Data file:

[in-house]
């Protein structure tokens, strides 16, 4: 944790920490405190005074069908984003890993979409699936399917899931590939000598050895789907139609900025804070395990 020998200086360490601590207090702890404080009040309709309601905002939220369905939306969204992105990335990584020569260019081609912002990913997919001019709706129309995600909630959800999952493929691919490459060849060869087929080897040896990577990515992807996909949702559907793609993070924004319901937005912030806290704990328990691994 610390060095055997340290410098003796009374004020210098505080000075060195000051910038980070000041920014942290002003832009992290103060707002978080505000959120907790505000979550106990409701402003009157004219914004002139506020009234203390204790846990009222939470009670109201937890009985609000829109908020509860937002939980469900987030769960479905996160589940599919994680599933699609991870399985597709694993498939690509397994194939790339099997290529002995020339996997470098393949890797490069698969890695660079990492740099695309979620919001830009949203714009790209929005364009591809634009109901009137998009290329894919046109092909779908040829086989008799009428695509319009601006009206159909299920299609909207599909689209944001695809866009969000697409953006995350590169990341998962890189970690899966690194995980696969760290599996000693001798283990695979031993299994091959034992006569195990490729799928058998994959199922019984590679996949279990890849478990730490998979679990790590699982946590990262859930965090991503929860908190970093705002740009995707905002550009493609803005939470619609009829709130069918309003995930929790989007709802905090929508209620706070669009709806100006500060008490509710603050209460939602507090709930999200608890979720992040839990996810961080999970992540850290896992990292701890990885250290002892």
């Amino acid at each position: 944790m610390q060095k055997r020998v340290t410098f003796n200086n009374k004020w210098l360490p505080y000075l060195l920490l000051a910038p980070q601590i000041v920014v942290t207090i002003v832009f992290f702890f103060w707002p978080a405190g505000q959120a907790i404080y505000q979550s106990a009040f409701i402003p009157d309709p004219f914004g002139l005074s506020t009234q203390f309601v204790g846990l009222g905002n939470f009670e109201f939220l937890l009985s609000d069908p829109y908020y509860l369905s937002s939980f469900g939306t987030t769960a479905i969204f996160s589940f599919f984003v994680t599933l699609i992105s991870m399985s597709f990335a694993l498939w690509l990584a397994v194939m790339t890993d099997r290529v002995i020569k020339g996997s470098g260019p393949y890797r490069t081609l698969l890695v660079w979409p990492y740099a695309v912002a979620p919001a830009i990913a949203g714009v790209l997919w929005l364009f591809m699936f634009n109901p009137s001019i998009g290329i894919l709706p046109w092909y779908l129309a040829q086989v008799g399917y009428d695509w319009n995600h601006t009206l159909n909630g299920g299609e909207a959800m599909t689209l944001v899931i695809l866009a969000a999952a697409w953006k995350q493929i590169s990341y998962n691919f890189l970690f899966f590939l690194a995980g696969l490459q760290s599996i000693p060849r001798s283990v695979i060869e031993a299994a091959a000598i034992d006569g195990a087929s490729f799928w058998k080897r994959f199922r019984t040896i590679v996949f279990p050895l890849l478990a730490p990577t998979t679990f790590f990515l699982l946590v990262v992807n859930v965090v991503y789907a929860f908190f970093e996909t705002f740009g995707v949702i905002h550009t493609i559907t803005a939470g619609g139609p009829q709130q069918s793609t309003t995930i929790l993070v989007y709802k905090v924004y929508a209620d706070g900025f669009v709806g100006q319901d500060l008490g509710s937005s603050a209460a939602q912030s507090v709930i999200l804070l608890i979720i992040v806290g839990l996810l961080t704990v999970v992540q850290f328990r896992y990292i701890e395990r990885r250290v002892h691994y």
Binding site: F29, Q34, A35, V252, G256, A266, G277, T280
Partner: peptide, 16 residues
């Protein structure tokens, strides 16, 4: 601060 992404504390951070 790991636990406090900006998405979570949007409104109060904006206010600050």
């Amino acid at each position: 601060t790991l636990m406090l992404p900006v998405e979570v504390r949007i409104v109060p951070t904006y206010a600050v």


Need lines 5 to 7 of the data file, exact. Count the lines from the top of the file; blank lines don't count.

Partner: peptide, 16 residues
């Protein structure tokens, strides 16, 4: 601060 992404504390951070 790991636990406090900006998405979570949007409104109060904006206010600050």
């Amino acid at each position: 601060t790991l636990m406090l992404p900006v998405e979570v504390r949007i409104v109060p951070t904006y206010a600050v």